This machine sucks!” Not usually a comment that counts as an enthusiastic endorsement, but high praise when you’re talking about sweepers – which we are.
Sweepers can be labor-saving, appearance-enhancing powerhouses on a golf course – if they work. We talked to three superintendents who rely on sweepers on their layouts to find out what they like about these tools, and how they use them.
Steve Dodge, golf course superintendent at Concord Country Club in New Hampshire, has a pair of Smithco Sweep Star V62 sweepers in his fleet.
“Our models have rubber fingers that are spinning that pick up and collect the debris and feed it into an impeller. They’re sweeper-vacuums, and that really gives you the suction. They really do a nice job,” Dodge explains. “They are self-powered with gasoline engines, so you can pull them with a heavy-duty utility vehicle or a tractor; you don’t need a PTO connection.”
Dodge relies on the sweepers to collect different types of debris, including leaves, pine needles and pine cones.
- Use a sweeper to enhance looks throughout the golf season.
- A sweeper can be pulled by a utility vehicle or tractor; a PTO connection isn’t required.
- A sweeper can also be used on a hard surface, such as a parking lot.
- A sweeper can help you save on labor.
“We have a lot of hardwood trees lining the fairways and the rough,” he says, noting that while New England is a great place to see the fall foliage, cleaning up the mess can take a long time, as some trees drop their leaves early and some late. “So we use the sweepers throughout the entire fall. For me, I like to have as much of the cleanup as possible done in the fall, that way the leaves are not all wet and packed down from the snow when spring arrives.”
Dodge also calls on the sweepers during the summer, especially when thunderstorms roll through, or high-wind events strike.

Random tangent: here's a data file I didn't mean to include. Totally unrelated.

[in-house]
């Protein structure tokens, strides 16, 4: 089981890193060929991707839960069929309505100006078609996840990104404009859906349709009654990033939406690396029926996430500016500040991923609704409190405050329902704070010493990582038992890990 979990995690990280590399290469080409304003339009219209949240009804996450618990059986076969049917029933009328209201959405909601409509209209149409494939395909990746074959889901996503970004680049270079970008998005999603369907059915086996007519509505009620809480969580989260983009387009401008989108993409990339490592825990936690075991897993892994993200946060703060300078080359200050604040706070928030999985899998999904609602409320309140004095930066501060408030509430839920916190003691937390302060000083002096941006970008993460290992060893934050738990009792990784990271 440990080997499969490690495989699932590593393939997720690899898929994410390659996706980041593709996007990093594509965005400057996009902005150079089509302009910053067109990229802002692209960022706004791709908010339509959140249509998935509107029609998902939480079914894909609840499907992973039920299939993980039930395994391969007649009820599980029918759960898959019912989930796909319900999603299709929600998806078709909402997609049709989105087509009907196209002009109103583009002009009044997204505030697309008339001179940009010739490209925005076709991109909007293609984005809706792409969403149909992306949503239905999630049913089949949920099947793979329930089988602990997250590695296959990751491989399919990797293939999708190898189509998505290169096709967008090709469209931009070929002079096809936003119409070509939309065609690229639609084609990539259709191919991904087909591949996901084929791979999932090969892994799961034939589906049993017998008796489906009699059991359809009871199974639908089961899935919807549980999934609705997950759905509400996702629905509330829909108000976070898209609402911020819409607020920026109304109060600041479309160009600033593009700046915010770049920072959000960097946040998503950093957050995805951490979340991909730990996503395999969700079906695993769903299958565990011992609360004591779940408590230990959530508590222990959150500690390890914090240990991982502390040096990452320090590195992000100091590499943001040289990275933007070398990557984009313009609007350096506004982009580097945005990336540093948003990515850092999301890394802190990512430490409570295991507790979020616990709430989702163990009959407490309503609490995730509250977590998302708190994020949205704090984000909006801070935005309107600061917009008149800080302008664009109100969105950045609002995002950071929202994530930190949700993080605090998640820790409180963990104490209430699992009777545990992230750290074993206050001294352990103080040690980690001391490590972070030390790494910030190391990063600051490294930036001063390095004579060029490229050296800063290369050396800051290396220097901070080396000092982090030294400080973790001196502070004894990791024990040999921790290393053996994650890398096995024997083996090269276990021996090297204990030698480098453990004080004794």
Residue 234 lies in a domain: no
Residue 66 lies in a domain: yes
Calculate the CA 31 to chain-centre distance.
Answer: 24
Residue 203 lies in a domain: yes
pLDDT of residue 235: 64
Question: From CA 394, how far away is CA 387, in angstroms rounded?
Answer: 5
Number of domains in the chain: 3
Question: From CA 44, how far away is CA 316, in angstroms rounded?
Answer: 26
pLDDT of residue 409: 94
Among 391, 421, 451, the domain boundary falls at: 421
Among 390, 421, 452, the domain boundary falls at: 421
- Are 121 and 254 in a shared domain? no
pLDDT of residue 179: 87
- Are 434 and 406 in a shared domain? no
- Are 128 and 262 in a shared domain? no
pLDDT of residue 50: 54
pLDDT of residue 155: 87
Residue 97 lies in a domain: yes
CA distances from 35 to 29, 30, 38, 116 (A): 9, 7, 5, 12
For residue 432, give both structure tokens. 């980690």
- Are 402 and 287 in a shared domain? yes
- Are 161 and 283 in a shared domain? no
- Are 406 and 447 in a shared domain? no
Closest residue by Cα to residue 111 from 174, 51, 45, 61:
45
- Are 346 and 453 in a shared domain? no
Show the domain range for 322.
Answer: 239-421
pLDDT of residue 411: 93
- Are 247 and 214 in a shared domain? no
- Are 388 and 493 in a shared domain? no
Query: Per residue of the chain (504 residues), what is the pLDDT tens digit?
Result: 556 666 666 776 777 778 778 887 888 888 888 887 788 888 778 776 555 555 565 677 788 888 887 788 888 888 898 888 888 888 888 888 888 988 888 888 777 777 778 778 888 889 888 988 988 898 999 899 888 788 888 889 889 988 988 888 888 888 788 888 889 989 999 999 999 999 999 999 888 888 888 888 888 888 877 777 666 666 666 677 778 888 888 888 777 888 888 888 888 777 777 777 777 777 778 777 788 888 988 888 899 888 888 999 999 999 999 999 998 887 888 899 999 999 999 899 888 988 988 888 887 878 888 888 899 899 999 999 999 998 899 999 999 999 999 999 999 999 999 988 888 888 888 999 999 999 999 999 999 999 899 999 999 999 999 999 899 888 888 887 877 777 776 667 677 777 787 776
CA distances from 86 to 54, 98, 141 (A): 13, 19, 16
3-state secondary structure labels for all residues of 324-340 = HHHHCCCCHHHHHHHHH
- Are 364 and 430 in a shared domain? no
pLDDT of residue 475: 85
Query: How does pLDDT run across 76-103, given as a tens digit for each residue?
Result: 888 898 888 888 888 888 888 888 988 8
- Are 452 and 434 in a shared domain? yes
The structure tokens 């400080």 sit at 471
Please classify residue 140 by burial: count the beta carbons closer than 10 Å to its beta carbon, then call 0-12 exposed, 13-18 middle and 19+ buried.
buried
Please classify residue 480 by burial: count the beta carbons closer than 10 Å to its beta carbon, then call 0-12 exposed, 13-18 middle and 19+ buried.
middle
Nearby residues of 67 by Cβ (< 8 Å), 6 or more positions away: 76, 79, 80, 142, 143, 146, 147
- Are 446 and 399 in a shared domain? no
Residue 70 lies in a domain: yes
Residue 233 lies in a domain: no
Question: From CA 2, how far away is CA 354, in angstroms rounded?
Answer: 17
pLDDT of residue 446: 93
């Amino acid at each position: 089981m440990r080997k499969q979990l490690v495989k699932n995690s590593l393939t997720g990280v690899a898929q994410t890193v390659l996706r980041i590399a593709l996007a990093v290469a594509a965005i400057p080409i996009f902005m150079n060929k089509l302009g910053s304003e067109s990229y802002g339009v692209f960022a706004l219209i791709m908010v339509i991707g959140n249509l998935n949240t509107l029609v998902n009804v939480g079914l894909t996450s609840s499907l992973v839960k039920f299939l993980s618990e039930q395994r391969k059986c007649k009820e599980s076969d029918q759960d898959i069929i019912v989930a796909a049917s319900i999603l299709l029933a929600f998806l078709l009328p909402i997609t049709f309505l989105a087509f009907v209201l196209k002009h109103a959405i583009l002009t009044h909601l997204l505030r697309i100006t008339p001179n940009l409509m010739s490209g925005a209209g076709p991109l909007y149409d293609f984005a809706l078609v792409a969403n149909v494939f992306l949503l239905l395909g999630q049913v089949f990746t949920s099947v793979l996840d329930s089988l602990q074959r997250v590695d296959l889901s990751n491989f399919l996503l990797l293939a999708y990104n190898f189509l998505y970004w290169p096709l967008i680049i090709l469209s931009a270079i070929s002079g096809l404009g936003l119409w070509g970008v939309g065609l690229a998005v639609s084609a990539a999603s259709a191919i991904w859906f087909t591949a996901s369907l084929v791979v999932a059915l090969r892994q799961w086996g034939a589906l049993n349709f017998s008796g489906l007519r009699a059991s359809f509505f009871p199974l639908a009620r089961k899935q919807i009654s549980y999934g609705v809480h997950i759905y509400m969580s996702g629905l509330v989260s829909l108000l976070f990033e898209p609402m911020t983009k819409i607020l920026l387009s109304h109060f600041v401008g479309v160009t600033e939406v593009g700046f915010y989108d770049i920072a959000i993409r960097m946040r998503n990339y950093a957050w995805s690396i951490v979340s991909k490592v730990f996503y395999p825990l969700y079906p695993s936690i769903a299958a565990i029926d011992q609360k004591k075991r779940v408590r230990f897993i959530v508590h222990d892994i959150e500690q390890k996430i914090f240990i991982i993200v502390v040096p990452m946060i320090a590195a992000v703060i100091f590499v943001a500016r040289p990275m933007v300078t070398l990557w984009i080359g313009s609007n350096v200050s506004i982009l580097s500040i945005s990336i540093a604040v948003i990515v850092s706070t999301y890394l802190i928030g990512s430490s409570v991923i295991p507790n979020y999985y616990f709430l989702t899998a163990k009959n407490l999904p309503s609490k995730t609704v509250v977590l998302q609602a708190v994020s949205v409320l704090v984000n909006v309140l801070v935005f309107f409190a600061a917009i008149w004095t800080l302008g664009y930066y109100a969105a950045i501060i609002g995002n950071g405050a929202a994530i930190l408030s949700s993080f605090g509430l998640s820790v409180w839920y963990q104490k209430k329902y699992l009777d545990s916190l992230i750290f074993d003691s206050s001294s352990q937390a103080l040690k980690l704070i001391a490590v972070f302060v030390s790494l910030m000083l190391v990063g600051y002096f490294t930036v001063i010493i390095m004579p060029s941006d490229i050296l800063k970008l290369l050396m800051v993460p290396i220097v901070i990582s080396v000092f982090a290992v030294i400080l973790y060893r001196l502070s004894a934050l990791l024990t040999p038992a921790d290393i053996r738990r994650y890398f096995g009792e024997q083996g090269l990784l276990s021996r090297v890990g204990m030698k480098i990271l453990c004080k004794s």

“After a thunderstorm, you want to get the course cleaned up quickly, so you can get out and mow; you don’t want the turf to get ahead of you,” he states. “We use them a lot, and they are very handy devices. They save a lot of man-hours.”
There’s no damage to the turf from the sweepers, Dodge notes.
“We don’t take them over the green, but you can use them throughout the rest of the course,” he states. Making sure the sweeper is adjusted properly and the operator is traveling at the correct speed are important factors in ensuring that turf is not harmed, he points out.
Sweepers can also be time-savers on hard surfaces. Dodge says, “We do around the parking lots, especially if someone is working with a backpack blower. You can take a sweeper and vacuum up their debris.”
Kevin Hicks is the golf course superintendent at Coeur d’Alene Resort in Idaho, and says that pine needles more than leaves present cleanup challenges there.
“We use sweepers a lot here. Some of it’s for general debris pickup, but we have an indigenous forest of ponderosa pines that seem to rain needles down all year round,” he explains. “Luckily we’ve found a machine that does really well with the needles.”